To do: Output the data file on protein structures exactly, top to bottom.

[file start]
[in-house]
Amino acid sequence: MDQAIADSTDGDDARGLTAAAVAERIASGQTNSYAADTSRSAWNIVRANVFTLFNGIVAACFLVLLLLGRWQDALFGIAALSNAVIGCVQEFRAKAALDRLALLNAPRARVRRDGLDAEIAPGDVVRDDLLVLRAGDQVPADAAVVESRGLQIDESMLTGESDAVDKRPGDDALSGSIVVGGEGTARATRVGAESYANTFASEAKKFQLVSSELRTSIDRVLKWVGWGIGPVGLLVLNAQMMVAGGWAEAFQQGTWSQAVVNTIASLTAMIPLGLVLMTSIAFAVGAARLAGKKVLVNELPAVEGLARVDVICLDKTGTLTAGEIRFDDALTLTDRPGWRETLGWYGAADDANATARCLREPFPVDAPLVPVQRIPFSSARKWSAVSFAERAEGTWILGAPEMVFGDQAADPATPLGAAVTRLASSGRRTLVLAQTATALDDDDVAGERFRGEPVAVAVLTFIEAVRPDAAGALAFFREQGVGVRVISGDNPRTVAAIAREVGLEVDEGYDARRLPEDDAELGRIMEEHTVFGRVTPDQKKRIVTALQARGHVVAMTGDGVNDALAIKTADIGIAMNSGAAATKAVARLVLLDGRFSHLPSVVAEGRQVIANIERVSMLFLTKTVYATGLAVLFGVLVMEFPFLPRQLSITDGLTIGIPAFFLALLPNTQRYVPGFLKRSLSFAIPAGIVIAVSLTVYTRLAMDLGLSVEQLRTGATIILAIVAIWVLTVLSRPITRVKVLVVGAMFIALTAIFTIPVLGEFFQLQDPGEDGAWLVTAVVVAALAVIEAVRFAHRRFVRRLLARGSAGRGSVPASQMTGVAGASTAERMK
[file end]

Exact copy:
[in-house]
Amino acid sequence: MDQAIADSTDGDDARGLTAAAVAERIASGQTNSYAADTSRSAWNIVRANVFTLFNGIVAACFLVLLLLGRWQDALFGIAALSNAVIGCVQEFRAKAALDRLALLNAPRARVRRDGLDAEIAPGDVVRDDLLVLRAGDQVPADAAVVESRGLQIDESMLTGESDAVDKRPGDDALSGSIVVGGEGTARATRVGAESYANTFASEAKKFQLVSSELRTSIDRVLKWVGWGIGPVGLLVLNAQMMVAGGWAEAFQQGTWSQAVVNTIASLTAMIPLGLVLMTSIAFAVGAARLAGKKVLVNELPAVEGLARVDVICLDKTGTLTAGEIRFDDALTLTDRPGWRETLGWYGAADDANATARCLREPFPVDAPLVPVQRIPFSSARKWSAVSFAERAEGTWILGAPEMVFGDQAADPATPLGAAVTRLASSGRRTLVLAQTATALDDDDVAGERFRGEPVAVAVLTFIEAVRPDAAGALAFFREQGVGVRVISGDNPRTVAAIAREVGLEVDEGYDARRLPEDDAELGRIMEEHTVFGRVTPDQKKRIVTALQARGHVVAMTGDGVNDALAIKTADIGIAMNSGAAATKAVARLVLLDGRFSHLPSVVAEGRQVIANIERVSMLFLTKTVYATGLAVLFGVLVMEFPFLPRQLSITDGLTIGIPAFFLALLPNTQRYVPGFLKRSLSFAIPAGIVIAVSLTVYTRLAMDLGLSVEQLRTGATIILAIVAIWVLTVLSRPITRVKVLVVGAMFIALTAIFTIPVLGEFFQLQDPGEDGAWLVTAVVVAALAVIEAVRFAHRRFVRRLLARGSAGRGSVPASQMTGVAGASTAERMK